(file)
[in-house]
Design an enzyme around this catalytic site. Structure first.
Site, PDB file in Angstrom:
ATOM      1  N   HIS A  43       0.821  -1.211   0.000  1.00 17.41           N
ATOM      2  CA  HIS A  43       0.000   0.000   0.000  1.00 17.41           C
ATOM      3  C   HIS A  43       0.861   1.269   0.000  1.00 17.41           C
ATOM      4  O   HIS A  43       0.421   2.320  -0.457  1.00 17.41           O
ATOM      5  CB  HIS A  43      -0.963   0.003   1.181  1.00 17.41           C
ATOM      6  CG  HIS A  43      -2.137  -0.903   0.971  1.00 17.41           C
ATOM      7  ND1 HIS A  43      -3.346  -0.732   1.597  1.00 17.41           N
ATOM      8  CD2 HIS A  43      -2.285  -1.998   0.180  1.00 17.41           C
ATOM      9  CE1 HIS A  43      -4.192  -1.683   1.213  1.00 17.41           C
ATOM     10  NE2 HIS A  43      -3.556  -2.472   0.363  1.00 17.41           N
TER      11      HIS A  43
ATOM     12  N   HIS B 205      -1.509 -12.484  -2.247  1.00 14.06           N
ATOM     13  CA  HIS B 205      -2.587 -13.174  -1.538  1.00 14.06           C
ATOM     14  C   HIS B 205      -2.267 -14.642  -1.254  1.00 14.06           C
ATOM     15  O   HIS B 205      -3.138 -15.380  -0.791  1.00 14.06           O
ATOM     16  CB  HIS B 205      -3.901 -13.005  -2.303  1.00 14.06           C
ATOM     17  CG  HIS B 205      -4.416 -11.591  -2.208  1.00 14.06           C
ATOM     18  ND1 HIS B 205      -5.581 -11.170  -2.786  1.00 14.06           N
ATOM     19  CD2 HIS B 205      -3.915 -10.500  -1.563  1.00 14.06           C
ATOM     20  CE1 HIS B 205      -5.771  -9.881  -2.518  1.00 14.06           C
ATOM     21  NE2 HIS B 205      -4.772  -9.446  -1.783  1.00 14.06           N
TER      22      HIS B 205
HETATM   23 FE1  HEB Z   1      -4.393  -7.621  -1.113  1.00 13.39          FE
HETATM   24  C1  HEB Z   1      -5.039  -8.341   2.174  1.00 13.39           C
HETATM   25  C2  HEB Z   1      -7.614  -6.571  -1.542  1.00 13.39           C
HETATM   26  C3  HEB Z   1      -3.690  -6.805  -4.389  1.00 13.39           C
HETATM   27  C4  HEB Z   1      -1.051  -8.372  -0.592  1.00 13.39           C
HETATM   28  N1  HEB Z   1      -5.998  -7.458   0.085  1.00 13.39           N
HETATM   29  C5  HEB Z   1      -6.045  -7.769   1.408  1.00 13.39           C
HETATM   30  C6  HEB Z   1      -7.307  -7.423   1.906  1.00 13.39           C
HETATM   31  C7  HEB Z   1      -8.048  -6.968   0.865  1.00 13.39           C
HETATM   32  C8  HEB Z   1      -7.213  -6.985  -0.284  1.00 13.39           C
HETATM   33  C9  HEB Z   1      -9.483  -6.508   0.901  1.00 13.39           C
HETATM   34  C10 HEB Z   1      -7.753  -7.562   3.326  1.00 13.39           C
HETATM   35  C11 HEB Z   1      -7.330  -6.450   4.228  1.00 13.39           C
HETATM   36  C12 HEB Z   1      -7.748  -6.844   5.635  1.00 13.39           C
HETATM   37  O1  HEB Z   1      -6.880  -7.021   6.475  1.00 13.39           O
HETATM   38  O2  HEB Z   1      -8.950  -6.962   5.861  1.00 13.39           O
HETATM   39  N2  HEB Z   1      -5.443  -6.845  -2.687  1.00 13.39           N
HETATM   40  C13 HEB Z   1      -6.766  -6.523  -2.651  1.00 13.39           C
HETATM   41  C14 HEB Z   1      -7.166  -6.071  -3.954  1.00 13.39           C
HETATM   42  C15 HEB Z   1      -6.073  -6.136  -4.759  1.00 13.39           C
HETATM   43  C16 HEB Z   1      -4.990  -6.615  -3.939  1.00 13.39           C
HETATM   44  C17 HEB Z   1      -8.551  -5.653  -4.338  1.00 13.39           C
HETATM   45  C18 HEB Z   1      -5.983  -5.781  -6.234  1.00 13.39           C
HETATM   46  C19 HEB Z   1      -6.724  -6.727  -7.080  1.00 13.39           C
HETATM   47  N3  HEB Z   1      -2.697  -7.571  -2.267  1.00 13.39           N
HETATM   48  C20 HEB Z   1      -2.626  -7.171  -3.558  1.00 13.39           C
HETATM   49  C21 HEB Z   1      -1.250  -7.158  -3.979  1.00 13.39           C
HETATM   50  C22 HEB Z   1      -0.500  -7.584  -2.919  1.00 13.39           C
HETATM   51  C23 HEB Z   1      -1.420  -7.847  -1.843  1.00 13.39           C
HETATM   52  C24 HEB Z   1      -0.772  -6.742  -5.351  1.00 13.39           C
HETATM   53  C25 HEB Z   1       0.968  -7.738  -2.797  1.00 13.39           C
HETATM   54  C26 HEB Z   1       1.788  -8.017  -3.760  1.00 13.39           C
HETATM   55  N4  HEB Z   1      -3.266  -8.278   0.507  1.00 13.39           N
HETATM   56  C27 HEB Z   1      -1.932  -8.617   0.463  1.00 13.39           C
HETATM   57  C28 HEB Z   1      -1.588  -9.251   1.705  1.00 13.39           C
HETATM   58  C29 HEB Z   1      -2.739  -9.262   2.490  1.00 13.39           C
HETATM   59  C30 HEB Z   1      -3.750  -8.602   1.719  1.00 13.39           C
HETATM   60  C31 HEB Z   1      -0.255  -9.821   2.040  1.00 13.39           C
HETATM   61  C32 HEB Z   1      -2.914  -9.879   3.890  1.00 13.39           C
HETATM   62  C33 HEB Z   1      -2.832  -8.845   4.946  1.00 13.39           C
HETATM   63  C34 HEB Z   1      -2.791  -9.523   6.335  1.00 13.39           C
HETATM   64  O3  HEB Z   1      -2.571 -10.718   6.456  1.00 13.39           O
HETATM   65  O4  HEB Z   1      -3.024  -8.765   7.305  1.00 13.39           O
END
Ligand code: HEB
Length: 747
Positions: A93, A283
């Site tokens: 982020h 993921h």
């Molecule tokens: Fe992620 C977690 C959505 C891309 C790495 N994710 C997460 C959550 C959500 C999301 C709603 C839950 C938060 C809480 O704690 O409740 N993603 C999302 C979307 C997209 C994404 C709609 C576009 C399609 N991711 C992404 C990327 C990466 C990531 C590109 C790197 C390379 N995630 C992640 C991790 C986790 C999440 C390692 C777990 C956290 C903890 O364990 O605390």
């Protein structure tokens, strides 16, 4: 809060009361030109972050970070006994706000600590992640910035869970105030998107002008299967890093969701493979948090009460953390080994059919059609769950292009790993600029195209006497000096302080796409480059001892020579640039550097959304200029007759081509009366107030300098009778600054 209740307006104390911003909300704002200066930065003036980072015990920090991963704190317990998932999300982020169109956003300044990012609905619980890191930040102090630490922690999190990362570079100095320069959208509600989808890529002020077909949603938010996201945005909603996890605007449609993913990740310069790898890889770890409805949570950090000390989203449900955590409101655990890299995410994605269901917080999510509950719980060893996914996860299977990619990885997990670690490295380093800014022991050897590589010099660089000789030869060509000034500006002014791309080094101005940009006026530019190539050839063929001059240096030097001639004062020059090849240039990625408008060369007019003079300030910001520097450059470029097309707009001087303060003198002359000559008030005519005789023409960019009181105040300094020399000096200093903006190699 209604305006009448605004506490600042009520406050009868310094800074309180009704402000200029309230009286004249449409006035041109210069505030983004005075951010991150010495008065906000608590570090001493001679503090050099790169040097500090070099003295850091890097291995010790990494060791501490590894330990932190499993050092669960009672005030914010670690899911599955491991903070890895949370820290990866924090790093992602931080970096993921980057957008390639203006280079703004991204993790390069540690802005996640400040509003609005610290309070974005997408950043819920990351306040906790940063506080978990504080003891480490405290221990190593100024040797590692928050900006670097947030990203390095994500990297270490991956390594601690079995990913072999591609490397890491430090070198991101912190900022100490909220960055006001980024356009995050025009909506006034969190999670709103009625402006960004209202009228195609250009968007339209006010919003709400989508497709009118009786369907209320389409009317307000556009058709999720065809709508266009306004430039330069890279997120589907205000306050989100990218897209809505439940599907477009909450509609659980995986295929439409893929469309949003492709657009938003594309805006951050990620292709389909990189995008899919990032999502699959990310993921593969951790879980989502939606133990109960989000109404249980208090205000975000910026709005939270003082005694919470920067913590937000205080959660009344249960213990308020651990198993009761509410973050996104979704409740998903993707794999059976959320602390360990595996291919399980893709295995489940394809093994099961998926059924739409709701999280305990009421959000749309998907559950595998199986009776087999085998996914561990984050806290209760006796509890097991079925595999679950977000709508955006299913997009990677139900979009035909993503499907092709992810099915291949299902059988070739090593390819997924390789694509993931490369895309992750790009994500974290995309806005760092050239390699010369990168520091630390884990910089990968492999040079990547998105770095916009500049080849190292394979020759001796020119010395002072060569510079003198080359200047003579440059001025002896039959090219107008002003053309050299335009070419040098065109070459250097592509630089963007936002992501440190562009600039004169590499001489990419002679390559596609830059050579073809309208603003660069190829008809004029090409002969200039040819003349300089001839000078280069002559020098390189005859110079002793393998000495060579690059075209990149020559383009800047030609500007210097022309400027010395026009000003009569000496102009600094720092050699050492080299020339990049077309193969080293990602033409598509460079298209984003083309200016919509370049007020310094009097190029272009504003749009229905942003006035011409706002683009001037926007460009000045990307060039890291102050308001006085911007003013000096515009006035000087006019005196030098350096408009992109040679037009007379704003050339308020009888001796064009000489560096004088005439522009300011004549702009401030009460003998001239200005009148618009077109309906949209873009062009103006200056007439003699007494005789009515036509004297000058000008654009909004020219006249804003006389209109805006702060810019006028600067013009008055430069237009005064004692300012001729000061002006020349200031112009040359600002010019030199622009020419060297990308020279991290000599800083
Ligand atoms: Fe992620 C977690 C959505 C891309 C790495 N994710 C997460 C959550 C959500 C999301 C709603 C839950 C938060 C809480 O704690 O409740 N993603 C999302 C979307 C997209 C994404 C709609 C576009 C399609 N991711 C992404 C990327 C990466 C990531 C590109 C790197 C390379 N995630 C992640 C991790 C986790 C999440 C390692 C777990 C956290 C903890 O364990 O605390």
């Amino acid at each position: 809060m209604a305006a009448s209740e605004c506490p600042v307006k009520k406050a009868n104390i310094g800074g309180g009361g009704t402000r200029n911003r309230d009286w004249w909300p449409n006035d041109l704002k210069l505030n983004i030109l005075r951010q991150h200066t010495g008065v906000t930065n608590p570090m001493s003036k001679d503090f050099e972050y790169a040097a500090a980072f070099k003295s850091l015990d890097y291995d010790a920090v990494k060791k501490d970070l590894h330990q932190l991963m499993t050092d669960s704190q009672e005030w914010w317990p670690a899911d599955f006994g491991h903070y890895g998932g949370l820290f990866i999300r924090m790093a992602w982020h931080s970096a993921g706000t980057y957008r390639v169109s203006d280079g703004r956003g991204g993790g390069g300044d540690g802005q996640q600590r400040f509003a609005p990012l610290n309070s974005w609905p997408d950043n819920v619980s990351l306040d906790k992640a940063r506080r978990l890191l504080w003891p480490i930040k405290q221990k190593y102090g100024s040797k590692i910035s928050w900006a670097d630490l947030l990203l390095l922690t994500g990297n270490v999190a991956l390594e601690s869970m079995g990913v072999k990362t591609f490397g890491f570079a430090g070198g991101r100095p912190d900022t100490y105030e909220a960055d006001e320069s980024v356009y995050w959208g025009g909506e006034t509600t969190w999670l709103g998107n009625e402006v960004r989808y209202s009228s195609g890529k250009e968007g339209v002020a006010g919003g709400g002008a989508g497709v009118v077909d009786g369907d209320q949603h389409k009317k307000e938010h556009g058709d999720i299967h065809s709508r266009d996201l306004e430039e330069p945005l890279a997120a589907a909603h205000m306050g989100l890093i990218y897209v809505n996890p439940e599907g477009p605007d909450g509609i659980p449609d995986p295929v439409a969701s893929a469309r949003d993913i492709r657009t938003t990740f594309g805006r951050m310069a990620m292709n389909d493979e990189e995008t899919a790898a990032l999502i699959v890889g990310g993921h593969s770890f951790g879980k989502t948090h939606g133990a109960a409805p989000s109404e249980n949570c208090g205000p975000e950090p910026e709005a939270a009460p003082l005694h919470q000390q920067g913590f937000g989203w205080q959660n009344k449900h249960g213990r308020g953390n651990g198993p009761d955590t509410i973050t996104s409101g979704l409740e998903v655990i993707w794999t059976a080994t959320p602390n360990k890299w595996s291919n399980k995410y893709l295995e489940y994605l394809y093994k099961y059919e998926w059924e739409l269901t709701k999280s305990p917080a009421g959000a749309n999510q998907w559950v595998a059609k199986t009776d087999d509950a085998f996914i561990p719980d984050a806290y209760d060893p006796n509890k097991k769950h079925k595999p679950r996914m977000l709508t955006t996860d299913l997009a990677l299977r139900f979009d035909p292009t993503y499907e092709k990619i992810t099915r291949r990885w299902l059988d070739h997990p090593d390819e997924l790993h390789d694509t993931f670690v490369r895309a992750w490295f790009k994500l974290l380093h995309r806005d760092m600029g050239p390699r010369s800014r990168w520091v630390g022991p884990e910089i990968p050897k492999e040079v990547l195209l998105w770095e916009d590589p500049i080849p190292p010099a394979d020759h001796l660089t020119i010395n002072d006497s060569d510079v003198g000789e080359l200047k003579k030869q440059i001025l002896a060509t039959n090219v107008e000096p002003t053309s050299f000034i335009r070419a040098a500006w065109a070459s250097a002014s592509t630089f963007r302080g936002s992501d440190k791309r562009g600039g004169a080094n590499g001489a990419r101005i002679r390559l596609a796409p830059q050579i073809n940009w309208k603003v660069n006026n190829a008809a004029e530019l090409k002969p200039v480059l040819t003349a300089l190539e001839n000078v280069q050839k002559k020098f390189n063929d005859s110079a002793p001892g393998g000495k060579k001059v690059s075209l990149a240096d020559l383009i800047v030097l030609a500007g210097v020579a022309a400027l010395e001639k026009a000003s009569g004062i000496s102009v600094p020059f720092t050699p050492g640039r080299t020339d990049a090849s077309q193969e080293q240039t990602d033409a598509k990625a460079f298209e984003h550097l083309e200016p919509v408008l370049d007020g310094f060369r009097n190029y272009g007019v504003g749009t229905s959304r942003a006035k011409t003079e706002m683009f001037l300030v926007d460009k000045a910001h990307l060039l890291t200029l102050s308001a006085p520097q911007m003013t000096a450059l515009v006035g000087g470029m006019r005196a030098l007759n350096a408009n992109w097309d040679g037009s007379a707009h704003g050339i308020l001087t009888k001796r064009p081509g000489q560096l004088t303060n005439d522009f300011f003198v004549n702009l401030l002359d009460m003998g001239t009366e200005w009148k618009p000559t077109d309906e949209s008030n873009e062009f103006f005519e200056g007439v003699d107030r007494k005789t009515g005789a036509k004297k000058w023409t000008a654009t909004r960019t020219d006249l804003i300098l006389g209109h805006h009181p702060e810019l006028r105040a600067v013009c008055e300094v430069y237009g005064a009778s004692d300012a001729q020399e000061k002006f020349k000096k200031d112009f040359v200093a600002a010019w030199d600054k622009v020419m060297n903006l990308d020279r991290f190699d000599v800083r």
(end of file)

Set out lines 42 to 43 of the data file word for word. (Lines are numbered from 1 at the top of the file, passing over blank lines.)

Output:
HETATM   39  N2  HEB Z   1      -5.443  -6.845  -2.687  1.00 13.39           N
HETATM   40  C13 HEB Z   1      -6.766  -6.523  -2.651  1.00 13.39           C